How to Freeze Whole Strawberries
If you don't grow your own berries then purchase plenty when they are on sale and freeze them for future use. No worries on this job - Freezing fresh berries is so very easy.
Fresh strawberries will begin losing their vitamins and mineral content shortly after picking so quickly preserving the fruit is the best way to lock in all that delicious goodness.
Whenever possible try to get your berries into the freezer within two days of picking or they begin to lose their nutritional value quite quickly. Freezing the berries will help keep their vitamin C, minerals, and healthy phytochemicals locked within for a much longer time.
Refreshingly delicious berries are a tasty spring treat. High in nutrition and low in calories strawberries are one of nature's tastiest treasures. There are the tiny sweet wild strawberries that grow in most rural areas to the larger sized commercially grown strawberries.
These bright red berries net the U.S. Strawberry industry over 1.2 billion dollars a year. That adds up to a whole lot of berries being consumed each year.
Because berries keep best in a jarred or frozen state most of these berries wind up either being eaten within a few days of being purchased or preserved in jams, jellies or freezers.
The nicest thing about freezing strawberries is that unlike vegetables there is no need to blanch or to cook the berry previous to freezing it. They freeze very well in a raw state.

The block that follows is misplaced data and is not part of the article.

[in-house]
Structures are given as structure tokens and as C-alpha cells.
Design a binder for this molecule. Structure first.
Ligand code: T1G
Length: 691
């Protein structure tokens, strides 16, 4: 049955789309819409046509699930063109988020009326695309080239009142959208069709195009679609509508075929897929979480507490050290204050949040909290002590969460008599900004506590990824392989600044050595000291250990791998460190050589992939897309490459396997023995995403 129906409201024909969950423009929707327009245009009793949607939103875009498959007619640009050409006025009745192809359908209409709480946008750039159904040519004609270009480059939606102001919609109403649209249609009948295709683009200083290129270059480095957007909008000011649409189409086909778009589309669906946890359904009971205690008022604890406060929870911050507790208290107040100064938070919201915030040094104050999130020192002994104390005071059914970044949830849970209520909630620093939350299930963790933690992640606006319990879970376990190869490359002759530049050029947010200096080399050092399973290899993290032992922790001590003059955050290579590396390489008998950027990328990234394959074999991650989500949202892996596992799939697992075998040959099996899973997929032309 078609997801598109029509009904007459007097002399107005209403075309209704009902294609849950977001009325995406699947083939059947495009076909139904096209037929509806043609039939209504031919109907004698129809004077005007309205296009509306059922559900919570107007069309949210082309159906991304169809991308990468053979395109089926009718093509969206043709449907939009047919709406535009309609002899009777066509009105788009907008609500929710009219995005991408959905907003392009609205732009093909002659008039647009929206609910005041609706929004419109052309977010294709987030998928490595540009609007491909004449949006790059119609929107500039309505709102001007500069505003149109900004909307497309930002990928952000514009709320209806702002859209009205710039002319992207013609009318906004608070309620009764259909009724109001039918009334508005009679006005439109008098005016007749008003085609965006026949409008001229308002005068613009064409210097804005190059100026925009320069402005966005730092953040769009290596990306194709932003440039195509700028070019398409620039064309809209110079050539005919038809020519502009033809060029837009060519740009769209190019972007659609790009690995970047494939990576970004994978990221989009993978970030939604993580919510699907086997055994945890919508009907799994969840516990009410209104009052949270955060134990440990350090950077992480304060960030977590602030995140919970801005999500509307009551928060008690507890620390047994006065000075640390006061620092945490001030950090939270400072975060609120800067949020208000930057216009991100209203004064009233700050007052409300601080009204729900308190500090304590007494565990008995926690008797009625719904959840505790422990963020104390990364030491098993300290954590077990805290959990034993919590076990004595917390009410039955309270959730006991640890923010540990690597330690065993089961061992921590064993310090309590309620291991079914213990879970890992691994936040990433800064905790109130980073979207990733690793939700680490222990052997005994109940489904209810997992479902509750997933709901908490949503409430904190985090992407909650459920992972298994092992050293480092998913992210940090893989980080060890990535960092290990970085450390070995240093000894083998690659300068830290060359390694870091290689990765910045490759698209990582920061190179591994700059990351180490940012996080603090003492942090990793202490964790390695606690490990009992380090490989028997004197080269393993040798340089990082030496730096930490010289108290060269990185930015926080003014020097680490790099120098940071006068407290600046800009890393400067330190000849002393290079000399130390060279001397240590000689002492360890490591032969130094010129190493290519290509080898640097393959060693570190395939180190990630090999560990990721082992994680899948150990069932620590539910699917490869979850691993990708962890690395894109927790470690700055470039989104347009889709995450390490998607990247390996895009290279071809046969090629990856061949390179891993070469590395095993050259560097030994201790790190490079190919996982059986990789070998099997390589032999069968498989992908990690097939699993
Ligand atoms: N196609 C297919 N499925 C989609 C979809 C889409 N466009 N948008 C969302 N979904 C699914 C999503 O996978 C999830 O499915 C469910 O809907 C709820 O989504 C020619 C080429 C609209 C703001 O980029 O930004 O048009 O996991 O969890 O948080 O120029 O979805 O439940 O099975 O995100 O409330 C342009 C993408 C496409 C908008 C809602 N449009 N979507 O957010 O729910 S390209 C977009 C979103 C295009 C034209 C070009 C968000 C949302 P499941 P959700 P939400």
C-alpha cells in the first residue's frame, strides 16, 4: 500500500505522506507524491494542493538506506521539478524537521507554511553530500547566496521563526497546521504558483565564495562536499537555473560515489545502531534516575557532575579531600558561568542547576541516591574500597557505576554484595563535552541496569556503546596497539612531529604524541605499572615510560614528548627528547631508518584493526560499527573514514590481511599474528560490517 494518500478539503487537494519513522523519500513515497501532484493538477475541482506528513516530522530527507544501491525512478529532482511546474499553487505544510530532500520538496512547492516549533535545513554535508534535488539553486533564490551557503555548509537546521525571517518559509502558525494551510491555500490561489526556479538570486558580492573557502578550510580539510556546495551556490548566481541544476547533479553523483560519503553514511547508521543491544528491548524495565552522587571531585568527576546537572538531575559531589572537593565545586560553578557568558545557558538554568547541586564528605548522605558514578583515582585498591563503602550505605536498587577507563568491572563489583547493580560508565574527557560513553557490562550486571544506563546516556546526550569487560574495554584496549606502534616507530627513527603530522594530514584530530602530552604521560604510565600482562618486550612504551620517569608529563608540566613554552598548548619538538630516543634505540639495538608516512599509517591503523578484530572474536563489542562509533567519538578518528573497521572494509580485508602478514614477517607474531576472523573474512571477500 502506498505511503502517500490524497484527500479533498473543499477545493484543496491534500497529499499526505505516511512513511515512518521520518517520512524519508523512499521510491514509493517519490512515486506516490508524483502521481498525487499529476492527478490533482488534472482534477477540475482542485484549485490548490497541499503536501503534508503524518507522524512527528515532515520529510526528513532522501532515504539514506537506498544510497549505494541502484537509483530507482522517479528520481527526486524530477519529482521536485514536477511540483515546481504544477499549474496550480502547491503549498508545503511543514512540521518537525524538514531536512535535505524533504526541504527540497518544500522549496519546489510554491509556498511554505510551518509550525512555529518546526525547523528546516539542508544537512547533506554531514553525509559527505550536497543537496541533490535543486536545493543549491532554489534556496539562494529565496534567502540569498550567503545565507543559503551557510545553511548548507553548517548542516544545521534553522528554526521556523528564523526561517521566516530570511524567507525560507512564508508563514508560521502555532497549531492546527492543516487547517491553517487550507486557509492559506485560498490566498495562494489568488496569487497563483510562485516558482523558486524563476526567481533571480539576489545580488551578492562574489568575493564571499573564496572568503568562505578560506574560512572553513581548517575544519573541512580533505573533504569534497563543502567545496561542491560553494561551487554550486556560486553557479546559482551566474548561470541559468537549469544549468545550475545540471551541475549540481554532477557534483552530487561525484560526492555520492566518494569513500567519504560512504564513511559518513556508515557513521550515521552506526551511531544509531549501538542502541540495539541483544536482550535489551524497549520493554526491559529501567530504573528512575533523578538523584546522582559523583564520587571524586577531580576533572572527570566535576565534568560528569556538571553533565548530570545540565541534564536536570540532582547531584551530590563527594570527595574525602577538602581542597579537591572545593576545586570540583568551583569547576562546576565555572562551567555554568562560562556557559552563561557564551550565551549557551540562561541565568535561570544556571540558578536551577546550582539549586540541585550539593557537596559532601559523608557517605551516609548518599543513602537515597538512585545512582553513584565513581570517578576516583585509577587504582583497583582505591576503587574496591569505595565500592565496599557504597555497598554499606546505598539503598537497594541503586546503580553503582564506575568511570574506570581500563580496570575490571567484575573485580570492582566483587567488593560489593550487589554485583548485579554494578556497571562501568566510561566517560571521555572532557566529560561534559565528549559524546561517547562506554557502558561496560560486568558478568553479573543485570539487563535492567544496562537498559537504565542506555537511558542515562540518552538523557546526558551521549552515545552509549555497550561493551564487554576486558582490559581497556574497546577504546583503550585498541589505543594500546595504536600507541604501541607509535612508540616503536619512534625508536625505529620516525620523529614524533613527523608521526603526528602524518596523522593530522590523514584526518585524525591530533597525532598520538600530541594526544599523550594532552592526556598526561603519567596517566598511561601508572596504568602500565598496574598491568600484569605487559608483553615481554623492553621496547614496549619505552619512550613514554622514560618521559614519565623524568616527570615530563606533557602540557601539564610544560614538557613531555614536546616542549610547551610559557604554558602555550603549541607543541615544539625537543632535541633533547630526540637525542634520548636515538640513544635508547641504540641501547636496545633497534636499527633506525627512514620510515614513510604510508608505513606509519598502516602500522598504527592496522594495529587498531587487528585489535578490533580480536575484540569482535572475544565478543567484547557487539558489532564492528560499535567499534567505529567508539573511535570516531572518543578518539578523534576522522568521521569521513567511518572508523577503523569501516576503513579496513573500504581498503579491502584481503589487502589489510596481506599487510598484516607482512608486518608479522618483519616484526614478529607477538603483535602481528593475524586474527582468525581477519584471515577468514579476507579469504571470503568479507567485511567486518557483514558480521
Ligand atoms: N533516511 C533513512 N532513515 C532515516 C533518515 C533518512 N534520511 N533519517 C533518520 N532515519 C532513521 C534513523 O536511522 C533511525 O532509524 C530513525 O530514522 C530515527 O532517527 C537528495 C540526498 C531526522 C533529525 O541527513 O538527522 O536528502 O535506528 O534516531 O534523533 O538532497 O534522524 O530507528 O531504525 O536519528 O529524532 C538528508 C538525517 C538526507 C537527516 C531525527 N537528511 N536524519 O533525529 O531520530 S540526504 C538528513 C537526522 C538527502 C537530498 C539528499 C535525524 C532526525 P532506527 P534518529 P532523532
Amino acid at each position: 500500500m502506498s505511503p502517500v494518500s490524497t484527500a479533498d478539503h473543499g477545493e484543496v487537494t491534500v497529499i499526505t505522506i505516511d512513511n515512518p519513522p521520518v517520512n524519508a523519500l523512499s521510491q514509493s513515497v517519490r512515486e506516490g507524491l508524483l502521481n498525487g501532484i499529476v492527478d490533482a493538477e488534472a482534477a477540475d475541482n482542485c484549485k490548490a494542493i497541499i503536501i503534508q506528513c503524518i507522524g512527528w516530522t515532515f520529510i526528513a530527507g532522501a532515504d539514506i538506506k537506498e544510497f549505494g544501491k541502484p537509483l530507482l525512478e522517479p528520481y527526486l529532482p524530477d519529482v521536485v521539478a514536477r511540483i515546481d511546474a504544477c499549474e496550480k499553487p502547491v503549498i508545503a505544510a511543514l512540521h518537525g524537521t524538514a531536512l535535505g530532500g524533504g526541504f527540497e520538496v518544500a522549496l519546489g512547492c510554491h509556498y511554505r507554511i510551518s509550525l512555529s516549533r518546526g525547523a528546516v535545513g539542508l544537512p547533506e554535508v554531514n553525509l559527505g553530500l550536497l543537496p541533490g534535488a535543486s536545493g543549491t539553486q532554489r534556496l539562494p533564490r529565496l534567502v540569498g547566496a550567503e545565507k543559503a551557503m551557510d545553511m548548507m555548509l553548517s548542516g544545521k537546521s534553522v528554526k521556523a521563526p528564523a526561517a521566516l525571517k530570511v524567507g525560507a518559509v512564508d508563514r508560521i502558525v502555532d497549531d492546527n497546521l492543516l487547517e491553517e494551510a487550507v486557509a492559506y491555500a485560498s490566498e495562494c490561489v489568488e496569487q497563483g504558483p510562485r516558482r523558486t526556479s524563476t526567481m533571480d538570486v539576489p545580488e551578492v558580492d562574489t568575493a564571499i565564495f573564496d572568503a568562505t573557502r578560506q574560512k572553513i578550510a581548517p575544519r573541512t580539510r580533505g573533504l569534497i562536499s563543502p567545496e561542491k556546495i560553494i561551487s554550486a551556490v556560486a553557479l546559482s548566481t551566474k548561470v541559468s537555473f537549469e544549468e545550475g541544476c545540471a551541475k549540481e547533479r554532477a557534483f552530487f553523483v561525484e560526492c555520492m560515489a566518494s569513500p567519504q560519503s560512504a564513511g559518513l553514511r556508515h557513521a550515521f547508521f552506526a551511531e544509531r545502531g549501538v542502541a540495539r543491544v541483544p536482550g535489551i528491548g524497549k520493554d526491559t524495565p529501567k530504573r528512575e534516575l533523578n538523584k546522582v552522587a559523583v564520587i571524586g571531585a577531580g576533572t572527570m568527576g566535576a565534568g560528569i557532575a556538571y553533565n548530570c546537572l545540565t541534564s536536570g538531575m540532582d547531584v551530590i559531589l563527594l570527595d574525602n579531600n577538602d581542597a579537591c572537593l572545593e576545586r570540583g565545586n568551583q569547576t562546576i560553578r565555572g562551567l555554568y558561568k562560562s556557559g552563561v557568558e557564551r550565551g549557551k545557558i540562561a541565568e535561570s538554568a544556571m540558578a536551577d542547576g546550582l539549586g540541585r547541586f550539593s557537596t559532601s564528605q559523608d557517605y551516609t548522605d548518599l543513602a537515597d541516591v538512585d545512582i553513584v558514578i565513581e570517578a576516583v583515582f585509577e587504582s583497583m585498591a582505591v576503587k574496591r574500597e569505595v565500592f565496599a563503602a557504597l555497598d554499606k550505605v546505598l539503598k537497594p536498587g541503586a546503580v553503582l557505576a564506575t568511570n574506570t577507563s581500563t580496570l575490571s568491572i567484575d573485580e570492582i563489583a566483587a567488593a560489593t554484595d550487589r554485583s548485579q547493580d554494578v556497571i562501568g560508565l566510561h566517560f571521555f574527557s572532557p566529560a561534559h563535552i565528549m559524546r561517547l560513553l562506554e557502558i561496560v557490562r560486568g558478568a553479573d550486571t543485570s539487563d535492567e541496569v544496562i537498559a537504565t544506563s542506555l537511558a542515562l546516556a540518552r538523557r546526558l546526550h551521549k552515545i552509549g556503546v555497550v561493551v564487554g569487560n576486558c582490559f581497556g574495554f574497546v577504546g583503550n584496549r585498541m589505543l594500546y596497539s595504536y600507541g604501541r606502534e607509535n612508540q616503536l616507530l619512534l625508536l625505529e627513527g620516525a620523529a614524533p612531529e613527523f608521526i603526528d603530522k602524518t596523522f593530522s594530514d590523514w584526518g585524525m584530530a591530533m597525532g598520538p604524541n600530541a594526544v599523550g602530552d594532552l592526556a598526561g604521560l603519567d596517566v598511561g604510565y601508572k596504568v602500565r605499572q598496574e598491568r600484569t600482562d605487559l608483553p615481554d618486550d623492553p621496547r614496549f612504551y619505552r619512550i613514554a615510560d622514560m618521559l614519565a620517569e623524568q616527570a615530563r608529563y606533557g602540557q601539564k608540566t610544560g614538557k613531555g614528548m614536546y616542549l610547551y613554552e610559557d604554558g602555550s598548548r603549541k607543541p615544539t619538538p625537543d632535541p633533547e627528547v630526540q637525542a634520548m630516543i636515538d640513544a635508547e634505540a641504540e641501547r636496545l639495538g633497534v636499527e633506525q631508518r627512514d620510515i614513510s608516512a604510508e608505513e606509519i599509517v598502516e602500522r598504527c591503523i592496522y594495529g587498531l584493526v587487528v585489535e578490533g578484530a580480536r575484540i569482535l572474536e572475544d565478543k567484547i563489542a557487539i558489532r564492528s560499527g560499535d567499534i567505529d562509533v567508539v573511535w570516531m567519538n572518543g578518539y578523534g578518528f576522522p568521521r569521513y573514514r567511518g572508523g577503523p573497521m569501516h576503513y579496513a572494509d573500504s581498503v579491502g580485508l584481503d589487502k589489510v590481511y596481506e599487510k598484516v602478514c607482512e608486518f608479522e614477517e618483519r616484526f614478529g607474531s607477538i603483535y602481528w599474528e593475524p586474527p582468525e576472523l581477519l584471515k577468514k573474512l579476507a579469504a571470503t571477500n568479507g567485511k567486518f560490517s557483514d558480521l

Rich in nutrition and wonderfully sweet. One cup of strawberries contains approximately fifty calories but will provide you with 23.24 mg of calcium, .63 mg of iron, 16.60 mg of magnesium, 31.54 mg of phosphorus, 44.82 mg of potassium, 1.16 mg of selenium, 94.12 mg of vitamin C, 29.38 mg of folate, 44.82 IU of vitamin A and one gram of protein.
That is a pretty impressive nutritional list for such a low amount of calories. These bright red berries harvest early in the spring but can be available throughout most of the summer months. When they go on sale it is really nice to stock up.
I purchased 6 pounds this week and the fresh strawberries are an absolute delight. They are so deliciously sweet that I had difficulty getting the bulk of them into the freezer. Consider picking yourself a handful of strawberries out of the garden today or stopping by your local supermarket to pick yourself up a basket of these little red treasures.